The Diphthong reference article from the English Wikipedia on 24-Jul-2004
(provided by Fixed Reference: snapshots of Wikipedia from


You can make a difference by sponsoring a child
In phonetics, a diphthong is a vowel combination usually involving a quick but smooth movement from one vowel to another, often interpreted by listeners as a single vowel sound or phoneme. While "pure" vowels, or monophthongs, are said to have one target tongue position, diphthongs have a moving tongue. Pure vowels are represented in phonetic script by one symbol: English "seem" as [sim], for example. Diphthongs are represented by two symbols, for example English "same" as [seIm], where the two vowel symbols are intended to represent approximately the beginning and ending tongue positions.

Falling diphthongs are stressed on the first element; raising diphthongs on the second. In Closing diphthongs, the second element is closer than the first; in opening diphthongs, more opened. Some languages contrast short and long diphthongs.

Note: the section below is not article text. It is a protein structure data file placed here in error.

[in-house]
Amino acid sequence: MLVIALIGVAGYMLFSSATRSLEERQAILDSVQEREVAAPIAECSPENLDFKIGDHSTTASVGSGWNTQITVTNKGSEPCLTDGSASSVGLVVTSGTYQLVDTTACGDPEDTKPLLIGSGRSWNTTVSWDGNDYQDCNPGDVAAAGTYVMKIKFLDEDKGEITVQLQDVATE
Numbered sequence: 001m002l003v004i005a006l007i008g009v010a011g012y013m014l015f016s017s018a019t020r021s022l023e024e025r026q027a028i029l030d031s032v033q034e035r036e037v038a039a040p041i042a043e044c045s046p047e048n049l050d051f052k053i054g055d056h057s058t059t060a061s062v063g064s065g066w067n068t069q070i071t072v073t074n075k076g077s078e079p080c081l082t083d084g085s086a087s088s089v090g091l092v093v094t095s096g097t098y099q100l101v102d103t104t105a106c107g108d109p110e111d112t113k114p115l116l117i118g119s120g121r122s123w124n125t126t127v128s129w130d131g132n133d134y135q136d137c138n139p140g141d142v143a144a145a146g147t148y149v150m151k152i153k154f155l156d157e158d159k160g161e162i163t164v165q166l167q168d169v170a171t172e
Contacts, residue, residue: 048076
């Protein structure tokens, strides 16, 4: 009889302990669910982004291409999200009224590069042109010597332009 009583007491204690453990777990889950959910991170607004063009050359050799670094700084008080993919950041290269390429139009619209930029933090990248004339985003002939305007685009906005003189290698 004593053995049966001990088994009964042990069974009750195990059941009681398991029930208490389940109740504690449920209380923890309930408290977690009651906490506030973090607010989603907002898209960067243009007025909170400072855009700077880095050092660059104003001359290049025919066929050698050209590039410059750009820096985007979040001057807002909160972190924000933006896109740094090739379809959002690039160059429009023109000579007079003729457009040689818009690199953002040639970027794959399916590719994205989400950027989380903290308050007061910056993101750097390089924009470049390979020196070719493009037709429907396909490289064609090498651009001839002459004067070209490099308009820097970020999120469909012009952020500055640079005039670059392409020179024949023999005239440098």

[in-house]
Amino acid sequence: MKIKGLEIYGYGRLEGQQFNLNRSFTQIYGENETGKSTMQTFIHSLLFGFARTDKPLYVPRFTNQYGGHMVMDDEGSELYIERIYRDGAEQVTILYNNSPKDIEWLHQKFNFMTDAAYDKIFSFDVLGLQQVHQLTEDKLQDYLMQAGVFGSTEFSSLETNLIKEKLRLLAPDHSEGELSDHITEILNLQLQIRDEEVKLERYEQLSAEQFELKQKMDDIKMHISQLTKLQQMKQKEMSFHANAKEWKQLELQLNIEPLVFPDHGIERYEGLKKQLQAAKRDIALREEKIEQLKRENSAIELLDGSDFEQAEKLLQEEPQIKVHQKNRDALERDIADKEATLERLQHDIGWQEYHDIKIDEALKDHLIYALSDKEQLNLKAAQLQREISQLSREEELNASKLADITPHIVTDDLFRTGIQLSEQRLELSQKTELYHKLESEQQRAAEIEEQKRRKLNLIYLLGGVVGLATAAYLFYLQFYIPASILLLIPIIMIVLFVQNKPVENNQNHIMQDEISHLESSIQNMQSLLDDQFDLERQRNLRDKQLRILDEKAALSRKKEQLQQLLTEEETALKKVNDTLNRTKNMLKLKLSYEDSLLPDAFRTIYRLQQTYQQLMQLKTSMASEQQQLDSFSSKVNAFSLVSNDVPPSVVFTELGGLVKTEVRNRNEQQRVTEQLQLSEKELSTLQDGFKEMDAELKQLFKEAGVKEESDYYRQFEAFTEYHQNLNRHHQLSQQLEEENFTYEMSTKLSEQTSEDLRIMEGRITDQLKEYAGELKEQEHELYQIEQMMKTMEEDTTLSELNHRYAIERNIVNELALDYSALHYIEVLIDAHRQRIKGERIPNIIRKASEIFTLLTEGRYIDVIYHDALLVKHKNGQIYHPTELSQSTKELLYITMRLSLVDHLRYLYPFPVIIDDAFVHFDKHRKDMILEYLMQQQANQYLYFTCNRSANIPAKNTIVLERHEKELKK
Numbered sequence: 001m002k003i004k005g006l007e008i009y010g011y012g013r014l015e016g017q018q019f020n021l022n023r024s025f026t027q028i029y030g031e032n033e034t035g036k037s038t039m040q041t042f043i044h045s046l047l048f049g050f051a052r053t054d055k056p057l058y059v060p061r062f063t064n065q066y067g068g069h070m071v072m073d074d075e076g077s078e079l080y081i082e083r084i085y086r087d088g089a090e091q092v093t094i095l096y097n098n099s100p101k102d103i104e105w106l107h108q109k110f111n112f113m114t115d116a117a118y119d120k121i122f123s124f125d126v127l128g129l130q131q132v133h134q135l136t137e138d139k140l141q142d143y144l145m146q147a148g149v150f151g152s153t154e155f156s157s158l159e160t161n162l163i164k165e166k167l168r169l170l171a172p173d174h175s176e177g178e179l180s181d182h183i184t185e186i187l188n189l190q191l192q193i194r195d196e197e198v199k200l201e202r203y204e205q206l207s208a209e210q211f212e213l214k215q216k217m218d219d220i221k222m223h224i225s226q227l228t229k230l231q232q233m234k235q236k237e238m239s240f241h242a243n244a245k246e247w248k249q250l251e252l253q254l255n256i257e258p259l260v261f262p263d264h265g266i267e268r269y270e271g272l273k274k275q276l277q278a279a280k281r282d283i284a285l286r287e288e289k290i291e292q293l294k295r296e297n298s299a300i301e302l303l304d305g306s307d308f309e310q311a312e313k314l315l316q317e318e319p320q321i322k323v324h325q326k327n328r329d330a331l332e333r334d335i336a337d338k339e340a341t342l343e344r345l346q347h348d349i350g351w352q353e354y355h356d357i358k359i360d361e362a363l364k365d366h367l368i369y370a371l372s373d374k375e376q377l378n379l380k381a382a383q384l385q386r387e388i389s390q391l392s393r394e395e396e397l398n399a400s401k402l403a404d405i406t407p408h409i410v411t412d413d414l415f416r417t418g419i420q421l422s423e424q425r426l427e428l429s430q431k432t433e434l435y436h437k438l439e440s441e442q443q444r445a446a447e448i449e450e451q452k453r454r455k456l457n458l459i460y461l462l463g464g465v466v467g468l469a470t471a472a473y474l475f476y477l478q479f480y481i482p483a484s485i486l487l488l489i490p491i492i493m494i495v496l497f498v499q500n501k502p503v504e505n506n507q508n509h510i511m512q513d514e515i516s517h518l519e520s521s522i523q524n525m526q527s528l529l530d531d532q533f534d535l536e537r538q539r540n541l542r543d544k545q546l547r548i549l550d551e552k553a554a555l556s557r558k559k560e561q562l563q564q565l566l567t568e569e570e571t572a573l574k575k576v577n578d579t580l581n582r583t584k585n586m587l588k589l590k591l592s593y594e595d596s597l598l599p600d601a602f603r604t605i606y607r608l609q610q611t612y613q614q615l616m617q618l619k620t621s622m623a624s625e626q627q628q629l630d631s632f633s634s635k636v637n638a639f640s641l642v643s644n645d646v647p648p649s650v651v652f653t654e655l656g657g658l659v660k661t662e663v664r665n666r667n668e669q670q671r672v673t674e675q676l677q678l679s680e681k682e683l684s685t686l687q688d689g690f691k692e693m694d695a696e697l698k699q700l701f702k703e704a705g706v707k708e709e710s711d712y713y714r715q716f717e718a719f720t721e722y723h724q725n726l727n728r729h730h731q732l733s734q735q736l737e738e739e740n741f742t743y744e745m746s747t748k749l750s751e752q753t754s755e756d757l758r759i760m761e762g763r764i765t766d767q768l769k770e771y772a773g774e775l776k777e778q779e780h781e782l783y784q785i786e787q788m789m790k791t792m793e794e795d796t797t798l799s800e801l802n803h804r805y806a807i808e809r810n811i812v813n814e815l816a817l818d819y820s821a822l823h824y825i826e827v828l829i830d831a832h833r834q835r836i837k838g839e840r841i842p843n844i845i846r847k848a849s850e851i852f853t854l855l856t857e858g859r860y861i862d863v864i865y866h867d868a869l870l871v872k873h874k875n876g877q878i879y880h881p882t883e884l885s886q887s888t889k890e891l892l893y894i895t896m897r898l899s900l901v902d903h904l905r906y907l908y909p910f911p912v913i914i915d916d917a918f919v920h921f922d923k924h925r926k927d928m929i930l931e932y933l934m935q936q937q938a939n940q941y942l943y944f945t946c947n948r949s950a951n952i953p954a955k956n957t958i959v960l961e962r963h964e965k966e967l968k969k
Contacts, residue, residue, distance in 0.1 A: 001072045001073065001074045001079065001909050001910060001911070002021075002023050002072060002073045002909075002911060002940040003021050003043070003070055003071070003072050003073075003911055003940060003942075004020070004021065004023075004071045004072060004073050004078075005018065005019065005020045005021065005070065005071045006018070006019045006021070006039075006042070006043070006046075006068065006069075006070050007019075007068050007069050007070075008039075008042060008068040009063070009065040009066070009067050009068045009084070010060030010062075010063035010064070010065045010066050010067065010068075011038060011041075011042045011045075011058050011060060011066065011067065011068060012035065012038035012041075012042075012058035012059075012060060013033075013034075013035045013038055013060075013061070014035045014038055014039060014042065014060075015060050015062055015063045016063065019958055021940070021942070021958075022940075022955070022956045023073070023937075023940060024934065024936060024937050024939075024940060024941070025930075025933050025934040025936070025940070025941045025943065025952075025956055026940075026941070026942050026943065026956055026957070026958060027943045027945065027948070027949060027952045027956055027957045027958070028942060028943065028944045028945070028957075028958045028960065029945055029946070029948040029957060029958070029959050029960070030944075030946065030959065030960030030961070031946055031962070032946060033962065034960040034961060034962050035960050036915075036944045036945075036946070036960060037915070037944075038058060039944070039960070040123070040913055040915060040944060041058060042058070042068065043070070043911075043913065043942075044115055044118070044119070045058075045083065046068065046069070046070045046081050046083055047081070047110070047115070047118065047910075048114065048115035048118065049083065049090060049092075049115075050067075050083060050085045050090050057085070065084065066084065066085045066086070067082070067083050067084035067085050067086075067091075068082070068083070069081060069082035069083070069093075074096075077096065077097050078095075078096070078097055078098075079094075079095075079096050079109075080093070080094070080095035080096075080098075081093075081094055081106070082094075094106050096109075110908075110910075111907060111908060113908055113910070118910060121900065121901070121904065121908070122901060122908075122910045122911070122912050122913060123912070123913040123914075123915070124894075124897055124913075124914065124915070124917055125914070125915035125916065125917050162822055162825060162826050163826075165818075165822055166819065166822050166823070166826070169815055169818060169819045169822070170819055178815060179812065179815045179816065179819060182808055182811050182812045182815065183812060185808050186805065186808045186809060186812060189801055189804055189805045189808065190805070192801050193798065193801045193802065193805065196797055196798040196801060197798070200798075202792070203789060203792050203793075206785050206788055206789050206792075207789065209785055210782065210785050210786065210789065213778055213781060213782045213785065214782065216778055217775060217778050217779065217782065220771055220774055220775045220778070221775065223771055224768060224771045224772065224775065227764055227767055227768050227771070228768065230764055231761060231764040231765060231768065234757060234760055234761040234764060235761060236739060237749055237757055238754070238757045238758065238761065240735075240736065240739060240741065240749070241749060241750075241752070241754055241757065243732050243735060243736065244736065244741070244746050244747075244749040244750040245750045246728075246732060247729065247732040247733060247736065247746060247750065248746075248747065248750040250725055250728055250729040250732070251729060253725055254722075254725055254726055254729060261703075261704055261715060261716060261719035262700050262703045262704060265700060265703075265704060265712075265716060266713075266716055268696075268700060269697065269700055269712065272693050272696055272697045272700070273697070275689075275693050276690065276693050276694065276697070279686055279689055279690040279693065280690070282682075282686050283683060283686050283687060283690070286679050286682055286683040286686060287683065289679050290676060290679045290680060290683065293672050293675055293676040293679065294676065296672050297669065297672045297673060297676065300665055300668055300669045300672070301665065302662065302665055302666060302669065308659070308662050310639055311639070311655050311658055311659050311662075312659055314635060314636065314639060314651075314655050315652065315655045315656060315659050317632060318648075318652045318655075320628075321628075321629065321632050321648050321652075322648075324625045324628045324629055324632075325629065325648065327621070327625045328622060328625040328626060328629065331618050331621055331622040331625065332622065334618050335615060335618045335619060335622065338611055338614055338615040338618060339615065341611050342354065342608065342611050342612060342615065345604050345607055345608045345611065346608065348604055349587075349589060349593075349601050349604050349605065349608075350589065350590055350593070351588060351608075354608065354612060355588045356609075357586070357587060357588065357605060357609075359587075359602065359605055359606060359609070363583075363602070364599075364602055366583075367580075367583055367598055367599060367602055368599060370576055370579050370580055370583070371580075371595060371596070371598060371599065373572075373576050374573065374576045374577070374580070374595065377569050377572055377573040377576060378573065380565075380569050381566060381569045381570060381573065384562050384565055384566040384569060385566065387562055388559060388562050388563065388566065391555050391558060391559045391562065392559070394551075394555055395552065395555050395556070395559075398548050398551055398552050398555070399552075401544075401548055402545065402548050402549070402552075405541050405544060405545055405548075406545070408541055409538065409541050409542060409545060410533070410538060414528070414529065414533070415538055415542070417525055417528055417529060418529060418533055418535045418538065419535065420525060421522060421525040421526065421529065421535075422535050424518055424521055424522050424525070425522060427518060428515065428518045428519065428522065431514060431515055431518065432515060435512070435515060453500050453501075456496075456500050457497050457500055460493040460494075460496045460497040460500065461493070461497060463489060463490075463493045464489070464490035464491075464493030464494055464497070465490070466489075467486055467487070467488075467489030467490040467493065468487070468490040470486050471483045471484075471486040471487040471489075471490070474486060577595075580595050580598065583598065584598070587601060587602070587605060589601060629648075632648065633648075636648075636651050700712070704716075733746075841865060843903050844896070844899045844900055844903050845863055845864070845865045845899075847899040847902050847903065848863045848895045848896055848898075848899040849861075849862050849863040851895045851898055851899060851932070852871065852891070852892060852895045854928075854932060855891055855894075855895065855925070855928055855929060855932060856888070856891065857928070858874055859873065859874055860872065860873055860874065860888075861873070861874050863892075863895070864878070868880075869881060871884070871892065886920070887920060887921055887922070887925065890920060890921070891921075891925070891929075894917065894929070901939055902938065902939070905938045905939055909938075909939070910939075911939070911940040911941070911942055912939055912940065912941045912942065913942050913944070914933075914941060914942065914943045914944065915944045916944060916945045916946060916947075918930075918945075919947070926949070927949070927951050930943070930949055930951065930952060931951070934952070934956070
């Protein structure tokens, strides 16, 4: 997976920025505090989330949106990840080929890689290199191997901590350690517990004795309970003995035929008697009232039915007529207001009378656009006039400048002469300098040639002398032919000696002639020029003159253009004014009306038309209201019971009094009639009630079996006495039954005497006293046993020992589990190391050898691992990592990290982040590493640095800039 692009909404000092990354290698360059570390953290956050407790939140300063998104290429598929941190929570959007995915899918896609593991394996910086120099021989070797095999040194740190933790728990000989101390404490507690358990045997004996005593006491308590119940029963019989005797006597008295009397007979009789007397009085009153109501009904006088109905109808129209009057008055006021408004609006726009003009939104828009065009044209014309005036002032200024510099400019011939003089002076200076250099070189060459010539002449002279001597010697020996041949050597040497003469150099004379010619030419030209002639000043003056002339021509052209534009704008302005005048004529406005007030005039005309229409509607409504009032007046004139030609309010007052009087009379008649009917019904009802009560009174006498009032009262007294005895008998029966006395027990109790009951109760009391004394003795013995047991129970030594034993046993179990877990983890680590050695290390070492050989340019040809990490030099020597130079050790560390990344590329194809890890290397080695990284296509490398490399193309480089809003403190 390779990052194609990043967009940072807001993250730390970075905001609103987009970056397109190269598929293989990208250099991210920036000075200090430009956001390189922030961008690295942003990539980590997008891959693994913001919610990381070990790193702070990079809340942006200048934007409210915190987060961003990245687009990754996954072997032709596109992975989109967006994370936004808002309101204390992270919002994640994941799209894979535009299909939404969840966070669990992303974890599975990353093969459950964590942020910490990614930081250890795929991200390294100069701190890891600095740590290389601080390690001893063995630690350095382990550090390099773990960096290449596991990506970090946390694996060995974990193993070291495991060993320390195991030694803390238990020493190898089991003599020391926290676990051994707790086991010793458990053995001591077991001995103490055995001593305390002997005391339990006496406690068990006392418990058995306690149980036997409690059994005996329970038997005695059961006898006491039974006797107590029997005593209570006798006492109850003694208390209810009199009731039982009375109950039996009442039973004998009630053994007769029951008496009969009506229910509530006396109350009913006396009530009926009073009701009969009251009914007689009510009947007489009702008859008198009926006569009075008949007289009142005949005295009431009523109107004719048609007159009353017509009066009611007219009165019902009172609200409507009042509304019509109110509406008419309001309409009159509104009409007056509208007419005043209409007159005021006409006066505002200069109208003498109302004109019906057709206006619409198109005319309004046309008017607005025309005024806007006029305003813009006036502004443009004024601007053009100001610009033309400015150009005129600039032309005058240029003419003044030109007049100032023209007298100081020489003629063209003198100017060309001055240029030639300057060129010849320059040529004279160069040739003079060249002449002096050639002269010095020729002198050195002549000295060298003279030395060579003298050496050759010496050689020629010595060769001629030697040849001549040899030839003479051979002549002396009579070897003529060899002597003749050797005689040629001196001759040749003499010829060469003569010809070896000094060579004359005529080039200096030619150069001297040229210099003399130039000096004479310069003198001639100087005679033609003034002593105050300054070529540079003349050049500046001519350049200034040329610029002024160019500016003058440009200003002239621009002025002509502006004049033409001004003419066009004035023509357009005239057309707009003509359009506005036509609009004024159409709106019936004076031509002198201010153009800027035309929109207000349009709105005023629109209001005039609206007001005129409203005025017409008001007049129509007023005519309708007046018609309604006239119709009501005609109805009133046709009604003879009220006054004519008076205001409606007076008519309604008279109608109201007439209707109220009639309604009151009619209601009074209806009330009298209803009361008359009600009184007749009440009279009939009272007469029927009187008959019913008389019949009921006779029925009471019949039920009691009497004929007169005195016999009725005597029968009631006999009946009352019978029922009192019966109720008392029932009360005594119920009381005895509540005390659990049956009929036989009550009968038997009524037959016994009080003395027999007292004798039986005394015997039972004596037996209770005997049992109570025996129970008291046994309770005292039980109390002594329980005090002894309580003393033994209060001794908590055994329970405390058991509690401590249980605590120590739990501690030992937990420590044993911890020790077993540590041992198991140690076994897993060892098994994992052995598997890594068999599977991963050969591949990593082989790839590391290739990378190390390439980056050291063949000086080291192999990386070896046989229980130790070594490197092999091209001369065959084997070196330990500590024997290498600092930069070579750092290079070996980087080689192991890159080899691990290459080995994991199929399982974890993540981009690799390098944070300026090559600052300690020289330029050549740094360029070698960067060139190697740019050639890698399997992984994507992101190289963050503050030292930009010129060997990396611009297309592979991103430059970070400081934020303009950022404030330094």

The unstressed elements of the diphthongs may be transcribed as semivowels. However, when the whole diphthong is analysed as being one single phoneme, both elements are often transcribed as vowels.

Diphthongs in English:

Diphthongs in British English (RP):

The latter four diphthongs can also occur in Boston English.

Diphthongs in Spanish:

Some Diphthongs in French: Diphthongs in German: Some Diphthongs in Bernese German (a Swiss German dialect):

See also